Changing velocity • When you change velocity- either speed or direction- you have acceleration • Remember our motion diagrams? • When magnitude of velocity changes, distance between dots changes
Speed and Acceleration • When could you have acceleration but have constant speed?
Acceleration is a Vector! • This means it has both magnitude and direction • Rule of thumb: if acceleration is in same direction as velocity= speeding up • If acceleration is in opposite direction of velocity= slowing down
Average Acceleration • a=v/ t • Units are m/s2 • Because acceleration is a vector, the sign means direction • Remember the rule of thumb: same sign as velocity then speeding up
Velocity-Time Graphs • If you graph velocity vs. time, the slope (or rise/run) would be the v/ t • So slope of a v-t graph=acceleration
Meaning of v-t graphs • Flat line=constant velocity= no acceleration • the position of the line above or below the x axis has meaning • In this case, is velocity + or - and how can you tell?
Using graphs to find acceleration • Rise/run= v/ t
Problem solving • Acceleration =v/ t • Remember your problem-solving steps- it becomes very important to sketch the problem- if you sketch the velocity and acceleration vectors, it will help you determine signs • Check your units- they should easily cancel to give the correct units for your answer
Example: • A race car’s velocity increases from 4.0 m/s to 36 m/s over a 4.0s time period. What is the average acceleration? • Acceleration =v/ t • a=(36.0m/s-4.0m/s) = 8.0 m/s2 4.0s
Practice Problems • P. 64 #7, 8
Honors: solving for velocity • You can rearrange the average acceleration equation to solve for initial or final velocity: • a= v/ t • v=a t • vf-vi=a t • vf=vi+a t
Honors: practice • p. 65 #18
Velocity-Time Graphs and Displacement • If the slope of a v-t graph shows acceleration, how can we find the displacement? • The area under a v-t graph is the displacement for that segment
Calculating area • Remember area calculations? • Area of a rectangle= • d=length * width • d= t* v • Area of a triangle= • d=1/2 base*height • d=1/2 t * v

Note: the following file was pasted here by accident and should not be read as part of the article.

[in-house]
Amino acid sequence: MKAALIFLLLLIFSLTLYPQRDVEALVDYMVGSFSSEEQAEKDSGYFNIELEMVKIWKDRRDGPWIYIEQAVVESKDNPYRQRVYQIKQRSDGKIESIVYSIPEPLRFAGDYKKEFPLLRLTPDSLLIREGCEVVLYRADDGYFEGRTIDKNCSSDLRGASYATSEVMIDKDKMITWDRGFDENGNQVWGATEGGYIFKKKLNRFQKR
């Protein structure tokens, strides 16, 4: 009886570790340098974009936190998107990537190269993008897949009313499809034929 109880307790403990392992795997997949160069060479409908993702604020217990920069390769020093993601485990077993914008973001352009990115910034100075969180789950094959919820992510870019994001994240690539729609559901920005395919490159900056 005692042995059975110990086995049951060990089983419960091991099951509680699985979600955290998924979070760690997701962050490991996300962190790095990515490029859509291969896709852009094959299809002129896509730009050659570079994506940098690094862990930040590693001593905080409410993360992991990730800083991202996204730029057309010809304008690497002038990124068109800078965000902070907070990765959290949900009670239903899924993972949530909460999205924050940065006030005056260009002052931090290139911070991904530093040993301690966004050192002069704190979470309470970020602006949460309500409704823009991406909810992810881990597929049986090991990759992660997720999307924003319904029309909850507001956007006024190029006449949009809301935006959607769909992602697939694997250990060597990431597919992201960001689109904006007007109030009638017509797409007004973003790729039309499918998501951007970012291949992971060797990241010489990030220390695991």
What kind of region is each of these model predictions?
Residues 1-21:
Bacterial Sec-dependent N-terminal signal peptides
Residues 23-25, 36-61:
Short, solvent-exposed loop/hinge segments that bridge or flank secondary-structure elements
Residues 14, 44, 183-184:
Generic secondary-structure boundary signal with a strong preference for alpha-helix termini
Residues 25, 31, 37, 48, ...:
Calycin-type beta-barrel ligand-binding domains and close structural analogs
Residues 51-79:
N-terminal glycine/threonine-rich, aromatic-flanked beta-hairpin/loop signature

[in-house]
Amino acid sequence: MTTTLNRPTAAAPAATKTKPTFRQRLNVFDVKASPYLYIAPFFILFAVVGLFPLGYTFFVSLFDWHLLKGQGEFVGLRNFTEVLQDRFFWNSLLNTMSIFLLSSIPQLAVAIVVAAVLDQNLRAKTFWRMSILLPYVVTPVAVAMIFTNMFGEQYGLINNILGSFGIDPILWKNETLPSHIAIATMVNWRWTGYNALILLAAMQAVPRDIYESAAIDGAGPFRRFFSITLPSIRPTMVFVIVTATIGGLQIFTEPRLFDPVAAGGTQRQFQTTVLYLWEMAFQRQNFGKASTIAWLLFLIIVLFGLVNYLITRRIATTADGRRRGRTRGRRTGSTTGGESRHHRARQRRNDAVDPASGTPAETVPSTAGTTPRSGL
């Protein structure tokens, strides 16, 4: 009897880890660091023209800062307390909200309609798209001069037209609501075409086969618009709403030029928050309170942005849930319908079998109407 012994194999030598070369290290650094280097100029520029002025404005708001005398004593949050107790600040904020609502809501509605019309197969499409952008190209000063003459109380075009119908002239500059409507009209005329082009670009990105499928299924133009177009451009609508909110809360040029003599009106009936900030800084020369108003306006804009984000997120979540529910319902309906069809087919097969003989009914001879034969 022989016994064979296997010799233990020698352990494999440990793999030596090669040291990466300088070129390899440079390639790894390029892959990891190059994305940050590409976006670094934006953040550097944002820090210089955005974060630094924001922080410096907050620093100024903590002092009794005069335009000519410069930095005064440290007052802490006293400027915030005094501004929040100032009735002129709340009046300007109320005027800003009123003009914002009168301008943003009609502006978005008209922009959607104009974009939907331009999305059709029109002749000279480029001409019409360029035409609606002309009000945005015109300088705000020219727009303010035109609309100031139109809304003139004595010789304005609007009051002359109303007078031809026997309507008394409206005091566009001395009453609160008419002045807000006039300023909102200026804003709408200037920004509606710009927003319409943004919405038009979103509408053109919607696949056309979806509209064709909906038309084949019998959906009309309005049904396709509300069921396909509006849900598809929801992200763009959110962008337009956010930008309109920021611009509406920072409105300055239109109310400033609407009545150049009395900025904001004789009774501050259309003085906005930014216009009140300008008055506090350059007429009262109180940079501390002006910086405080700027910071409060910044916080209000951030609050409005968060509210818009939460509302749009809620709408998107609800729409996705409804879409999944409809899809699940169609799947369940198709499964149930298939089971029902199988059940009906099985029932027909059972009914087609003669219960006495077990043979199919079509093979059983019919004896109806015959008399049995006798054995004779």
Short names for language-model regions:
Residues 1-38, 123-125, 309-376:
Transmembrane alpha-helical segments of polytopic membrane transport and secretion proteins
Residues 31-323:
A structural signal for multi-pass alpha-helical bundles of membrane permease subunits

Honors: kinematics equations • These area formulae can be rearranged to find final position of an object with constant acceleration • Only works with constant acceleration
Kinematics Equations Assumptions • Object starts at x0=0 so x=(x1-x0)=x • Acceleration is constant • Initial velocity = v0 • Since a is constant, v=1/2(v1+v0)
Kinematics Equations • v=v0+at • x= v0t + 1/2 at2 • V2=v02+2a(x-x0) • Plus we know (or can figure out from units) • x=v t • v=a t
How do I know which one to use? • Each equation is missing one variable- if you write down what you know at the start of a problem (including what is asked for) you will end up with something missing- neither given nor asked for. • The equation that will work is missing this variable.
So what’s missing? • v=v0+at x • x= v0t + 1/2 at2 v • v2=v02+2a(x-x0) t • s=v t a • v=a t s
Reminder • DO NOT IGNORE the problem-solving steps!!! They are there to help you. Write down what you know and what you are solving for first! • Always check units as you set it up and when you solve.
Examples • An object with an initial velocity of 4 m/s moves along a straight line under constant acceleration. Three seconds later, its velocity is 14 m/s. How far did it travel during this time? • v0= 4 m/s • t= 3 s • v1 = 14 m/s • x=? • What’s missing? a
Example- continued • Since a is missing we use: x=v t • Constant acceleration so v=1/2(v+v0) • s=1/2(4m/s + 14m/s)(3s)=27m • Are your units correct? Does the answer make sense? • Leaving off units in your final answer WILL COST YOU POINTS!